Tuesday, January 11, 2011

Hikmet Avedis, "The Teacher" (1974).

c. David Grim (taken 5/24/08)

... there's a lunatic driving a hearse, running around spying on pretty girls, and keeping his belongings in a coffin on the floor of an abandoned factory. But wait... over here is a stunning 28-year old teacher seducing an 18-year old ex-student (and son of her best friend). These two threads converge in the 1974-drive-in classic, "The Teacher". Fun and games is had by all.

Anthony James, the actor who plays the aforementioned pervert (who has recently returned from soldiering in Vietnam) is truly deranged looking. In the opening shots his character is seen running around gleefully stalking his object-of-obsession. His presence right from the beginning foreshadows some obvious nastiness, and the resulting anticipation drives the viewer's interest throughout the movie. Still, the prospect of seeing lead female Angel Tomkins sans her hip 70's wardrobe is just as enticing, if in an entirely different way. In fact it's her qualities that ultimately make this film work. Had the filmmakers chosen a less desirable actress, this would not have been nearly as fun.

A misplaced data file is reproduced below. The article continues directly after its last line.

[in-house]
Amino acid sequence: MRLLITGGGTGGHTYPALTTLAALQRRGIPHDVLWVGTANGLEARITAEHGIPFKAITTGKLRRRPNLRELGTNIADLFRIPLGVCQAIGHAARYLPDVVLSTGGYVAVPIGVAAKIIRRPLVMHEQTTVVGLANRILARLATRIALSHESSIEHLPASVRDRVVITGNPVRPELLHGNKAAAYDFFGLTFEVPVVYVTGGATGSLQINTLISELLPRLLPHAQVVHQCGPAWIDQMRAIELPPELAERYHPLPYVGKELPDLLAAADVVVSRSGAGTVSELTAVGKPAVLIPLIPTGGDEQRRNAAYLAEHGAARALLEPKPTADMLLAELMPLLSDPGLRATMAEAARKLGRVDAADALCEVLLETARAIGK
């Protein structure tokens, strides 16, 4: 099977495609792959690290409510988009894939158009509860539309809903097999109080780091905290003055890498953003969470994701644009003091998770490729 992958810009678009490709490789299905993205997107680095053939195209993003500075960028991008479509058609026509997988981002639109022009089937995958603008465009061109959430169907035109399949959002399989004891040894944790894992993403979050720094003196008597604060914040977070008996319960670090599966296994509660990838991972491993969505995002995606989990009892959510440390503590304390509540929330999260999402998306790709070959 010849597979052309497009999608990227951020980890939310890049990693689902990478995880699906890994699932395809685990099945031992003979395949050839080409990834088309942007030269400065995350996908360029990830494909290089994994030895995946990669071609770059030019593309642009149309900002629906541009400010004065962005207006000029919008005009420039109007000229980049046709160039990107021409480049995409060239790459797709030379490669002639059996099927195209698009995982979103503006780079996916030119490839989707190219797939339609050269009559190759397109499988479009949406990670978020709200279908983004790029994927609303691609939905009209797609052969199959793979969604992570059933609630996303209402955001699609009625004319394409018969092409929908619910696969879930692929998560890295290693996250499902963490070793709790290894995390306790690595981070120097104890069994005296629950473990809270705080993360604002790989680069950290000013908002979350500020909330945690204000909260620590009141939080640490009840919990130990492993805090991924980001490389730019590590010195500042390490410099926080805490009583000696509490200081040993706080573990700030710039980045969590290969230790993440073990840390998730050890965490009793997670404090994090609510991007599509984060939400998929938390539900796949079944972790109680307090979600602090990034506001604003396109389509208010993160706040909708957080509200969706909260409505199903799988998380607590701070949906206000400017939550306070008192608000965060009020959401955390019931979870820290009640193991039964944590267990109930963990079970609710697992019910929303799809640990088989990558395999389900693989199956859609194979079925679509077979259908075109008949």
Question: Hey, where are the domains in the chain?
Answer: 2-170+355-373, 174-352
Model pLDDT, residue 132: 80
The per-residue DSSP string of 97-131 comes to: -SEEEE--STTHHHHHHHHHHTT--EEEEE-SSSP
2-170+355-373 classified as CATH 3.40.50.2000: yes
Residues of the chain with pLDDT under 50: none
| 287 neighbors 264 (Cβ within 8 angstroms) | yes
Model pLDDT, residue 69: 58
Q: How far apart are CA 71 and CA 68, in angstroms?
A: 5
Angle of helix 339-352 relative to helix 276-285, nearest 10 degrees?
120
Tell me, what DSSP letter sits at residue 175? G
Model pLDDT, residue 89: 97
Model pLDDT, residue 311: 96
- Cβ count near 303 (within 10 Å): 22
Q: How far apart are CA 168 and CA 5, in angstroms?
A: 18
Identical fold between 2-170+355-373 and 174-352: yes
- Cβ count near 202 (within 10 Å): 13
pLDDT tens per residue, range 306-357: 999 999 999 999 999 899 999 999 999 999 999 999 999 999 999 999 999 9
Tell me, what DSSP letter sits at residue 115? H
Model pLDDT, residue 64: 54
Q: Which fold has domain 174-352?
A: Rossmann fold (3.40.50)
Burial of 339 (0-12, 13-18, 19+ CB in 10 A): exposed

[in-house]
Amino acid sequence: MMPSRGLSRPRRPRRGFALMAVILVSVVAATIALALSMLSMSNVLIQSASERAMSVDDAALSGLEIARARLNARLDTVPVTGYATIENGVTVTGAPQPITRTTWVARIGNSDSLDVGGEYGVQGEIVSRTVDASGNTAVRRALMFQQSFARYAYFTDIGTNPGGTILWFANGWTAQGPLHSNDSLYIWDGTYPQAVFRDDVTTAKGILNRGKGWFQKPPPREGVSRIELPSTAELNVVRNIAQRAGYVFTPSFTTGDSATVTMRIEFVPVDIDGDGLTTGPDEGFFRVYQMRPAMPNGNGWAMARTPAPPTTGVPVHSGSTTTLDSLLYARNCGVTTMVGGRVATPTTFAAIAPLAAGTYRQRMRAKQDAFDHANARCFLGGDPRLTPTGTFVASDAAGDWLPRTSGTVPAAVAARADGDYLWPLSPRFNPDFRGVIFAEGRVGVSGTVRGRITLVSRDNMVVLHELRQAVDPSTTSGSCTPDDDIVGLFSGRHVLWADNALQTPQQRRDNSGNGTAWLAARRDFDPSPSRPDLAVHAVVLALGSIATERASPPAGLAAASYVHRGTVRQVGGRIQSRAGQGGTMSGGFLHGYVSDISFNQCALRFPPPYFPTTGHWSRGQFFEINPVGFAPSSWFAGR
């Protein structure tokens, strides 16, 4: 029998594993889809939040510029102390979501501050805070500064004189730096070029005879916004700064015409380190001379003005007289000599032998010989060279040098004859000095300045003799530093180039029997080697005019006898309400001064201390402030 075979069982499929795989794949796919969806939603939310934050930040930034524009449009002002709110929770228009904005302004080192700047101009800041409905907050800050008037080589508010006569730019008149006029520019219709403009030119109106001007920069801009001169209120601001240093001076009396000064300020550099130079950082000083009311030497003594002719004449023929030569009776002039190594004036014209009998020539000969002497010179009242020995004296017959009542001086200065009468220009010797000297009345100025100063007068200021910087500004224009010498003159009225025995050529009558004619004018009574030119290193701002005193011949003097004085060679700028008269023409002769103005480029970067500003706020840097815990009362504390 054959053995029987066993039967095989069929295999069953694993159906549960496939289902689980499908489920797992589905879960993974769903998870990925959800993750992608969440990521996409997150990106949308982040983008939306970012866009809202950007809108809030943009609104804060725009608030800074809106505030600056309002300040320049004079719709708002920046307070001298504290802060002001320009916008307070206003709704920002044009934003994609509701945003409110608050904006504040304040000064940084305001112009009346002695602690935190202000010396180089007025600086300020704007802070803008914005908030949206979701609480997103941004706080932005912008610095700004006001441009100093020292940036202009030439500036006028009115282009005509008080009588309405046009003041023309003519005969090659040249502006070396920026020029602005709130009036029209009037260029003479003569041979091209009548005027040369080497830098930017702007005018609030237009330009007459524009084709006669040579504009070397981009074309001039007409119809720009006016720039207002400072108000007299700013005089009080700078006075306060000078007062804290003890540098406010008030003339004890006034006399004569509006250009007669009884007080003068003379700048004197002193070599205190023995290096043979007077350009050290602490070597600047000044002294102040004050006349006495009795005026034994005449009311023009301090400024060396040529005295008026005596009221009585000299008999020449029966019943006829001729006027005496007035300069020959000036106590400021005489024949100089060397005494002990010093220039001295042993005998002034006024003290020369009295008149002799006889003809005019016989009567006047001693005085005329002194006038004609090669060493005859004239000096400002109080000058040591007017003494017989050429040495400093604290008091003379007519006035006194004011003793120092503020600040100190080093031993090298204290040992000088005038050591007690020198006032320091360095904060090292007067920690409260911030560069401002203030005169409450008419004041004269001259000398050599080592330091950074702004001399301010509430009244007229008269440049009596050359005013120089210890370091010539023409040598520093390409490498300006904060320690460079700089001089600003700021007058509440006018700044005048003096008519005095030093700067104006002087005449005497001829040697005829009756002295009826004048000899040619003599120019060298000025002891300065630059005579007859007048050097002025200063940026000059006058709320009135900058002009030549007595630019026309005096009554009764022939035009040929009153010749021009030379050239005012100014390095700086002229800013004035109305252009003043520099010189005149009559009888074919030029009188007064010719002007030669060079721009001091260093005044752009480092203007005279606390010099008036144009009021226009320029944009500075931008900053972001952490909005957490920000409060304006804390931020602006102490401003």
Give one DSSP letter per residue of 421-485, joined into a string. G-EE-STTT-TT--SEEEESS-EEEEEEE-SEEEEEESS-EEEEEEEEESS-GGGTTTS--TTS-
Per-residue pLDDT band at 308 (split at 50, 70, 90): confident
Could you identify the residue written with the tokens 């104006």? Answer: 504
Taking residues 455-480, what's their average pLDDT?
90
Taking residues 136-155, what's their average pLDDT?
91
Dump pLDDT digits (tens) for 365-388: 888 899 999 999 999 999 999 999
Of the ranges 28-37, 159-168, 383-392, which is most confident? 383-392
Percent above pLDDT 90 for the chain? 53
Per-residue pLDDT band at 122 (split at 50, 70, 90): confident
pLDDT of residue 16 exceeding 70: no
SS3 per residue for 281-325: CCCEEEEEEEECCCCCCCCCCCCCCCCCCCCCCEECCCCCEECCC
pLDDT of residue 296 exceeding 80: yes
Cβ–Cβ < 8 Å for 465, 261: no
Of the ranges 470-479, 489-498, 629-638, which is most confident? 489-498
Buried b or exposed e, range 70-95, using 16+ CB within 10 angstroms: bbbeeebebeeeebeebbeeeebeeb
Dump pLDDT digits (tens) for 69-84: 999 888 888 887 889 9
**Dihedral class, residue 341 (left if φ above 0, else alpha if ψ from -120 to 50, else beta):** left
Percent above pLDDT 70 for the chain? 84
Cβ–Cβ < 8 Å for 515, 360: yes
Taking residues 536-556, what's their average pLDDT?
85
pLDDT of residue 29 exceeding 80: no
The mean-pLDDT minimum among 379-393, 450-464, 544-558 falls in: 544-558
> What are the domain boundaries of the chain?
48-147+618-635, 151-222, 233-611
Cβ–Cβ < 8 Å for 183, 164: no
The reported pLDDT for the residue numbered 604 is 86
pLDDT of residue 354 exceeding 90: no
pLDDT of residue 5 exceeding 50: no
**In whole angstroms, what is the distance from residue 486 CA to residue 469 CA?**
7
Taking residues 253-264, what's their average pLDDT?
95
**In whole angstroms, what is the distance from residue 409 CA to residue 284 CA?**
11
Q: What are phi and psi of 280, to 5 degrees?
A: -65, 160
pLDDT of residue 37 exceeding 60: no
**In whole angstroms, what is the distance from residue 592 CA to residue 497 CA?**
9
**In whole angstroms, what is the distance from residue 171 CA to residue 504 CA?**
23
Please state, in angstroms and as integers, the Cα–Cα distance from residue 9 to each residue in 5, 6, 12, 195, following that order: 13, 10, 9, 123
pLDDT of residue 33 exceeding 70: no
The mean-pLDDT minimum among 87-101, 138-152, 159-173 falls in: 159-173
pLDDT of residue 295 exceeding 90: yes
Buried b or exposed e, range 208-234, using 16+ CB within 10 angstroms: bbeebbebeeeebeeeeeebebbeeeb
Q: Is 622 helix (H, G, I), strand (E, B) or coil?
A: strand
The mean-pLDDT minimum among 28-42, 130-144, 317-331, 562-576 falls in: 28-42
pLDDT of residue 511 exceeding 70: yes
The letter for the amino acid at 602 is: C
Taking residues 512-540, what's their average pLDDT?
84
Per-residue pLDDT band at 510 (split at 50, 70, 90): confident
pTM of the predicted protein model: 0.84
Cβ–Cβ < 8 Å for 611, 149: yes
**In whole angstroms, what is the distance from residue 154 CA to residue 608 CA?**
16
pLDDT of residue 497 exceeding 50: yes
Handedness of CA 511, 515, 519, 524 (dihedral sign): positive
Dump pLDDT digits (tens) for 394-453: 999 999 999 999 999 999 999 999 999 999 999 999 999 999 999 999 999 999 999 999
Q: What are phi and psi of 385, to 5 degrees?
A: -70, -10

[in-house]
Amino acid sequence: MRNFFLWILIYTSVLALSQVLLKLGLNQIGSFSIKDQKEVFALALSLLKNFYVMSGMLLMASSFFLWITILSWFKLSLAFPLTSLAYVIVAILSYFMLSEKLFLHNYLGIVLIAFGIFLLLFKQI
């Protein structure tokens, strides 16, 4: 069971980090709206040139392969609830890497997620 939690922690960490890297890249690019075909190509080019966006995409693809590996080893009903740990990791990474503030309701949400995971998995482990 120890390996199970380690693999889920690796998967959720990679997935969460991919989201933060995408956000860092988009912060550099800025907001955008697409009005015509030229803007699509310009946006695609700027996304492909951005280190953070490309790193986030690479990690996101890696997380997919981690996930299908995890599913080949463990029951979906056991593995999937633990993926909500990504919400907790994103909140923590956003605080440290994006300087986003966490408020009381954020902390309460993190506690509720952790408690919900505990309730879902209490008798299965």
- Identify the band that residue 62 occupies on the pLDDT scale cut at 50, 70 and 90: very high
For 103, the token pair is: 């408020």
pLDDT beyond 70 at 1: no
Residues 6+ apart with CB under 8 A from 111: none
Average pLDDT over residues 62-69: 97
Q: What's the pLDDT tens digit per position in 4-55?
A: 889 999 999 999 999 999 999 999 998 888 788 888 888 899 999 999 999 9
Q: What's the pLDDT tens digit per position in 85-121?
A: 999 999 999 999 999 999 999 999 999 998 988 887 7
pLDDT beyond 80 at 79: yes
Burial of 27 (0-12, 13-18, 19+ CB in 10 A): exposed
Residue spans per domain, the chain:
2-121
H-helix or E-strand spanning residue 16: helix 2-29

And watching this type of thing (when it contains all the necessary exploitative elements) is certainly fun. Add in a recognizable face (child actor Jay North of "Dennis the Menace" fame, who spends the majority of his spare time paneling the inside of his van), and now you have amusement AND context. The acting and dialog sometimes fail to rise to professional standards, but the opportunity to see situations presented in a manner well outside the cinematic mainstream, along with some well-placed nudity, makes it all seem somehow worthwhile.

I'm not going to fully summarize the plot here, mostly because with this kind of affair that kind of analysis is fully beside the point. Suffice it to say that there is some romance, creepiness, violence, and humor thrown into the blender. What makes this so worthwhile is the glimpse into an era that is now long-past and is in no danger of being replicated. If you want to develop some perspective about how our country has changed in the last 40 years (and much of it decidedly NOT for the better), then sit down with "The Teacher". After all, it's not just teenage boys who need this kind of guidance.

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